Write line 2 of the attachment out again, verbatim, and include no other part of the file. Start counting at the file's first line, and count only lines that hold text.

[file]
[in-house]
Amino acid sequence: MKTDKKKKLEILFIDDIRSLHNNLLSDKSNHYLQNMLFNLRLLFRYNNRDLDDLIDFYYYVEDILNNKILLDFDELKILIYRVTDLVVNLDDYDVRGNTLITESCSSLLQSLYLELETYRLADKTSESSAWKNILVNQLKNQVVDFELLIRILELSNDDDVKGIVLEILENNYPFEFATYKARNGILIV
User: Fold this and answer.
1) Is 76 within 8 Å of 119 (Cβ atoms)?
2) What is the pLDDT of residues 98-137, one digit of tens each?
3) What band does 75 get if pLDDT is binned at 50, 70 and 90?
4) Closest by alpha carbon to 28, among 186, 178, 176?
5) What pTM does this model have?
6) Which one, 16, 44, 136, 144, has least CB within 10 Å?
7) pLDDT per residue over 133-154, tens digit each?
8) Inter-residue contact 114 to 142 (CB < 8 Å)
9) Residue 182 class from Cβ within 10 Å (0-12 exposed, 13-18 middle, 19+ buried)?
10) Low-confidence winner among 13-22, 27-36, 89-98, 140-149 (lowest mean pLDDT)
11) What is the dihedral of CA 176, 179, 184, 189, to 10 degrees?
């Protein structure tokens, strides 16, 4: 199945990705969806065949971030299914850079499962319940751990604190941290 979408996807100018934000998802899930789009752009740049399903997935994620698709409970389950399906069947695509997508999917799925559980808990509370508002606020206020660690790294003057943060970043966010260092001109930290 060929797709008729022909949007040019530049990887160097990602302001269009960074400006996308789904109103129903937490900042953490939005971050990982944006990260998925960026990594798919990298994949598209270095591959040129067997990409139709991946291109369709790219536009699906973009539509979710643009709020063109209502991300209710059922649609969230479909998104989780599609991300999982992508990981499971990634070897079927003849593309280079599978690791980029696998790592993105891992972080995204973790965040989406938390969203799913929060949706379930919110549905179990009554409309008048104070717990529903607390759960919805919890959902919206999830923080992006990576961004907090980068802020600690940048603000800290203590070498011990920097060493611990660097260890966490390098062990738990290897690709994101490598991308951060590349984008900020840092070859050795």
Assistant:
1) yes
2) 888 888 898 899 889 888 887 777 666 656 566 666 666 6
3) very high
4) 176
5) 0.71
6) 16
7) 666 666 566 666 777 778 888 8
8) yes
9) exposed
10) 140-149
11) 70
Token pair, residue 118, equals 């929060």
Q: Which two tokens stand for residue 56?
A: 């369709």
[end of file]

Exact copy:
Amino acid sequence: MKTDKKKKLEILFIDDIRSLHNNLLSDKSNHYLQNMLFNLRLLFRYNNRDLDDLIDFYYYVEDILNNKILLDFDELKILIYRVTDLVVNLDDYDVRGNTLITESCSSLLQSLYLELETYRLADKTSESSAWKNILVNQLKNQVVDFELLIRILELSNDDDVKGIVLEILENNYPFEFATYKARNGILIV